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Open Cloud Deconstructed: What It Means to be Native to the OpenStack Cloud

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[This article was written by Nati Shalom.]

OpenStack Cloud Native | Open Cloud

OpenStack is just not like any other cloud.

OpenStack is an open source cloud and that makes it quite unique in comparison to many of the closed source public clouds generally available today, the most common being AWS, Azure GCE, and others.

The fact that it is open source, allows us to integrate with the lower level of the stack and know exactly how each element of the infrastructure is designed and implemented.

As with any open source project we have the option to contribute and influence how the OpenStack cloud ultimately shapes out.

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Given the above background, when we're designing an integration with OpenStack, we should approach it differently than we approach other clouds. A more native integration with OpenStack involves two main angles:

  • Integration with OpenStack core and infrastructure services, which usually includes this full OpenStack component list - as well as those that are continually being developed and added with every release.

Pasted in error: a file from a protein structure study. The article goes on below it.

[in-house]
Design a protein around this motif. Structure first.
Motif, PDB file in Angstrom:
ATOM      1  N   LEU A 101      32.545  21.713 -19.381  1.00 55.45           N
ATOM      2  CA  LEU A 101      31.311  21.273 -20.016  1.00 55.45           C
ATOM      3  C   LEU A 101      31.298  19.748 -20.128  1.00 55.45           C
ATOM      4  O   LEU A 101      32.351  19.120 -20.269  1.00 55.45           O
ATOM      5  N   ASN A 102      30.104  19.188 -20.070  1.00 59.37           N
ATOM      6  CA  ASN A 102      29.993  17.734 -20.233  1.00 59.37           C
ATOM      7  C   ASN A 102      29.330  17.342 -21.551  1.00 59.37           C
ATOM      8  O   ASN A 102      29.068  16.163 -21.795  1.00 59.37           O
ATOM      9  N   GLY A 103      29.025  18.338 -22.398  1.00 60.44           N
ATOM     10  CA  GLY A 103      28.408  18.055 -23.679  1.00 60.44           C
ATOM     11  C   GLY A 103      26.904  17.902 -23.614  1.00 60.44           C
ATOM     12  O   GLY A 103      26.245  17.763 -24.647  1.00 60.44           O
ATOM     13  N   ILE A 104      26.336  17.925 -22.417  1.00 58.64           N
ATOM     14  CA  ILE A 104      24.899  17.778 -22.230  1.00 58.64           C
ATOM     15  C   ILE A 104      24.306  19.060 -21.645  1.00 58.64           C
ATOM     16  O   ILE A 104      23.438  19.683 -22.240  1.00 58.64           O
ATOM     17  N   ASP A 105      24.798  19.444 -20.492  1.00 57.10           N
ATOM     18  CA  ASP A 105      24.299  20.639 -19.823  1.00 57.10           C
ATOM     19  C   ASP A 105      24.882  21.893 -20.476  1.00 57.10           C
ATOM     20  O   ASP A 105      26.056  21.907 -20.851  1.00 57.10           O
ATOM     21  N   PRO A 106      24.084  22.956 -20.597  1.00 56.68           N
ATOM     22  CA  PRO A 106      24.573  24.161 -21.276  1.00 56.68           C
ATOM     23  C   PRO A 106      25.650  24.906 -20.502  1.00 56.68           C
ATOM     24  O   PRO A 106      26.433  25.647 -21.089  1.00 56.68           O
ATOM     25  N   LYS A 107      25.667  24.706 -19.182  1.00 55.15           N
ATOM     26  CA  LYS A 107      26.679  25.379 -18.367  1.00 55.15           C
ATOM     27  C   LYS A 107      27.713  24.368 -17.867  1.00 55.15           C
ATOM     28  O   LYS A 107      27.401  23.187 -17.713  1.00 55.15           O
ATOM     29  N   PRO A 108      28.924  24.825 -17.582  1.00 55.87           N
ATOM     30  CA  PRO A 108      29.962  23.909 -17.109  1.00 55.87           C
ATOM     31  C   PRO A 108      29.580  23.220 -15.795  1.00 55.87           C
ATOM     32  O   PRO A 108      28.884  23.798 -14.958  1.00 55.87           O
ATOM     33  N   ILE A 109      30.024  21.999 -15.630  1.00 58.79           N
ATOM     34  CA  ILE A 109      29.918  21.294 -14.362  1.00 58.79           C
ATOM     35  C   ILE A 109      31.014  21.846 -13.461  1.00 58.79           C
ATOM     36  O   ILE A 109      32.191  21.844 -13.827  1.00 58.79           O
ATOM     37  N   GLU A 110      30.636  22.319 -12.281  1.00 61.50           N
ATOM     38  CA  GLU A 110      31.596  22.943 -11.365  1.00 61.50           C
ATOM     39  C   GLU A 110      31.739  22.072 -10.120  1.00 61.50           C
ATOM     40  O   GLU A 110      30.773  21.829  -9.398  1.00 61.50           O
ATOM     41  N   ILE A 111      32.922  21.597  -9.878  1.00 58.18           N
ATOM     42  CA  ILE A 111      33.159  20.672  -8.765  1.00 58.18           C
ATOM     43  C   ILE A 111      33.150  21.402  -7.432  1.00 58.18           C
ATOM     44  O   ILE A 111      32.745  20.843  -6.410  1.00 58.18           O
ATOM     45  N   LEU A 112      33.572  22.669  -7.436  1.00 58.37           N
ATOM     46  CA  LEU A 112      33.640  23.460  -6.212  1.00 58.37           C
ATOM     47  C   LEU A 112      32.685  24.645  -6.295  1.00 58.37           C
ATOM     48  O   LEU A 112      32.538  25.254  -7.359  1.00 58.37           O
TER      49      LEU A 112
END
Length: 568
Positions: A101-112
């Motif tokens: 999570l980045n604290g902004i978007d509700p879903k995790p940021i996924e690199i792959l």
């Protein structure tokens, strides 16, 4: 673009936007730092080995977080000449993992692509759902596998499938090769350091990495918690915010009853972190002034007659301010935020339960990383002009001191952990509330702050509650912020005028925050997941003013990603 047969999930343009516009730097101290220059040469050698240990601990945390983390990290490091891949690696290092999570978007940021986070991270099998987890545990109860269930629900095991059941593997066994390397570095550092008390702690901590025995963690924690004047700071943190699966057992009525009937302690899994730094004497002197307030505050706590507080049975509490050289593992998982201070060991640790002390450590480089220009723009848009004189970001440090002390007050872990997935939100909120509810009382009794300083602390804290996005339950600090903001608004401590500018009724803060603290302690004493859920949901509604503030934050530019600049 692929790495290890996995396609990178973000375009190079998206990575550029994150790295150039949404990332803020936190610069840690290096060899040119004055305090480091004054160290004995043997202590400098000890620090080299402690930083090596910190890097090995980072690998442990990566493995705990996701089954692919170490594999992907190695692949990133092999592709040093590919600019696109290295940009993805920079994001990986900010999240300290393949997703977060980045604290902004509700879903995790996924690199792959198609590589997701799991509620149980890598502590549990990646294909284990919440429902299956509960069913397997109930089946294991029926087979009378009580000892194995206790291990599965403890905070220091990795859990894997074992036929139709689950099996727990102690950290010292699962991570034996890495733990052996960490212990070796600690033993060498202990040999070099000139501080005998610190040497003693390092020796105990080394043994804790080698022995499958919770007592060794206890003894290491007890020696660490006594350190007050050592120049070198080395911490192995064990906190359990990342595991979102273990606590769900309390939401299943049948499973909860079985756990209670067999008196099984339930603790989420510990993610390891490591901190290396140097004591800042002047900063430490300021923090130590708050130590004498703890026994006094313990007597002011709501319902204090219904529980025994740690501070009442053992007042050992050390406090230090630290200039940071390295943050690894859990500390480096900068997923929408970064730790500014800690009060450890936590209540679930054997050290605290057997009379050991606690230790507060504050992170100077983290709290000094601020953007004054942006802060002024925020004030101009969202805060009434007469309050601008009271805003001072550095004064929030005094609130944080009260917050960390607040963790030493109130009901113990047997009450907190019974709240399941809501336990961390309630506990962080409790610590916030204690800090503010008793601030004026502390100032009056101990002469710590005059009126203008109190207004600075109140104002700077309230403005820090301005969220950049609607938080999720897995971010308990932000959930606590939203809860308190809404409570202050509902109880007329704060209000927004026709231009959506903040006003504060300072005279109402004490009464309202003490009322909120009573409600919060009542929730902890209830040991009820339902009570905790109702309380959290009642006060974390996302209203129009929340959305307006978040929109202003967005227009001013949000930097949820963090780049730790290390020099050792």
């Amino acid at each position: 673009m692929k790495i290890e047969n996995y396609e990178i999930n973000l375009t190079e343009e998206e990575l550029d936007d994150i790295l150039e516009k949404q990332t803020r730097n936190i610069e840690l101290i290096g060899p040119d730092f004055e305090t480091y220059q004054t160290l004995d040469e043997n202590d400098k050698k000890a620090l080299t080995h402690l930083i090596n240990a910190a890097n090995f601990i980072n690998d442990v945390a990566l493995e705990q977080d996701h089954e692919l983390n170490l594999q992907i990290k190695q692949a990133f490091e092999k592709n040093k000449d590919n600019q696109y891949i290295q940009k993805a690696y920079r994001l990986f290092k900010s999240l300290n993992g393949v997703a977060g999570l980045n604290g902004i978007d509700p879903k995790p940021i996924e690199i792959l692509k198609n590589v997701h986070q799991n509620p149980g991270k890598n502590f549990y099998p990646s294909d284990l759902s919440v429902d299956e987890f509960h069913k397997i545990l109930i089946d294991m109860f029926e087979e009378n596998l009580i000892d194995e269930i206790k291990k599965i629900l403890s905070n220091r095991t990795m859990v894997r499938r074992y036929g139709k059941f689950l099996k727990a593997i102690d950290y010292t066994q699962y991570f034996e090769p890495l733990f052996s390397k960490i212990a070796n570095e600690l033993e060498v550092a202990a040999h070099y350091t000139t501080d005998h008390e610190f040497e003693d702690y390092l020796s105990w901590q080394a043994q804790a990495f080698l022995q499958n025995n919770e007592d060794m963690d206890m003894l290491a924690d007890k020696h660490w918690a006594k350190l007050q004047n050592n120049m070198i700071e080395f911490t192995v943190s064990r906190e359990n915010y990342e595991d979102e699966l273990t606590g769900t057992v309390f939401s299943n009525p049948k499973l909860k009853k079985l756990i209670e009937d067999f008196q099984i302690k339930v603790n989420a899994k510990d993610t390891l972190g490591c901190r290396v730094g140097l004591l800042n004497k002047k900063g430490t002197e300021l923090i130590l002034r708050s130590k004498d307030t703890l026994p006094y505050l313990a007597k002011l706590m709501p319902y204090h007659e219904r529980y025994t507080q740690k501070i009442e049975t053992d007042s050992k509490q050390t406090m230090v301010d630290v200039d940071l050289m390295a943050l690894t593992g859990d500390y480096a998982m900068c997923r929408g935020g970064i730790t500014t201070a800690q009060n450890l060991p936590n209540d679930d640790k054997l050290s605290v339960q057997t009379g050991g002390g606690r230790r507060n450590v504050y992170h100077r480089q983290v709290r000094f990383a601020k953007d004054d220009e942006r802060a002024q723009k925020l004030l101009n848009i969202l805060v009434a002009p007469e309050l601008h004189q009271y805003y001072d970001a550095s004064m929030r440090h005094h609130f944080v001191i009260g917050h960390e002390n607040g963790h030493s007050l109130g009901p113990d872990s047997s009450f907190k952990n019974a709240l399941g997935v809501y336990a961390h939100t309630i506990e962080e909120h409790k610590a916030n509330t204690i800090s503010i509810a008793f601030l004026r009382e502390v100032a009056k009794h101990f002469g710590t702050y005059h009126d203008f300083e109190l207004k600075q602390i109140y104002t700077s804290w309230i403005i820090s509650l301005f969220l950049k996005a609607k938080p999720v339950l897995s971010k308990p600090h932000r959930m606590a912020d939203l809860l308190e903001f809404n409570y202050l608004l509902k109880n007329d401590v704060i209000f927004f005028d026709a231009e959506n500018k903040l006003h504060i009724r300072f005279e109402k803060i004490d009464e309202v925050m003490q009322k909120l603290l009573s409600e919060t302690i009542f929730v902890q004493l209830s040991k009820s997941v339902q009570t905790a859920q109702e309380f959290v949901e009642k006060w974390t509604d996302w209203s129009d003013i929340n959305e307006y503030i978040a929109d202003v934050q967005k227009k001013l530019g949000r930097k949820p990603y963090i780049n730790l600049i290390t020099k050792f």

• Follow the OpenStack design principles - OpenStack is written in  Python and uses a certain stack for messaging, database and such . To be OpenStack native you should align yourself with the OpenStack design principles as closely as possible.

Current options to be a part of the OpenStack ecosystem

In addition to the general guidelines outlined above, there are couple of additional options to be part of OpenStack. These options mostly fit in with those looking to take an OpenStack *only* approach, and require heavy involvement in the OpenStack community project.

  • OpenStack Core - be a part of the OpenStack distribution

  • OpenStack StackForge is an incubation framework that allows you to add new projects into the OpenStack ecosystem. StackForge uses the same set of tools and frameworks that are used to develop the core OpenStack services, and as such it allows smoother transition from an incubation project into the core services. That makes this option more relevant for projects that are likely to be included as an OpenStack core service once they've successfully passed the incubation stages.

  • OpenStack Marketplace - The marketplace is a web directory that lists the various ecosystem players and their OpenStack solutions. Currently the marketplace is focused on OpenStack distros, training, consulting and drivers, and doesn’t cover solutions on top of OpenStack.

What’s missing?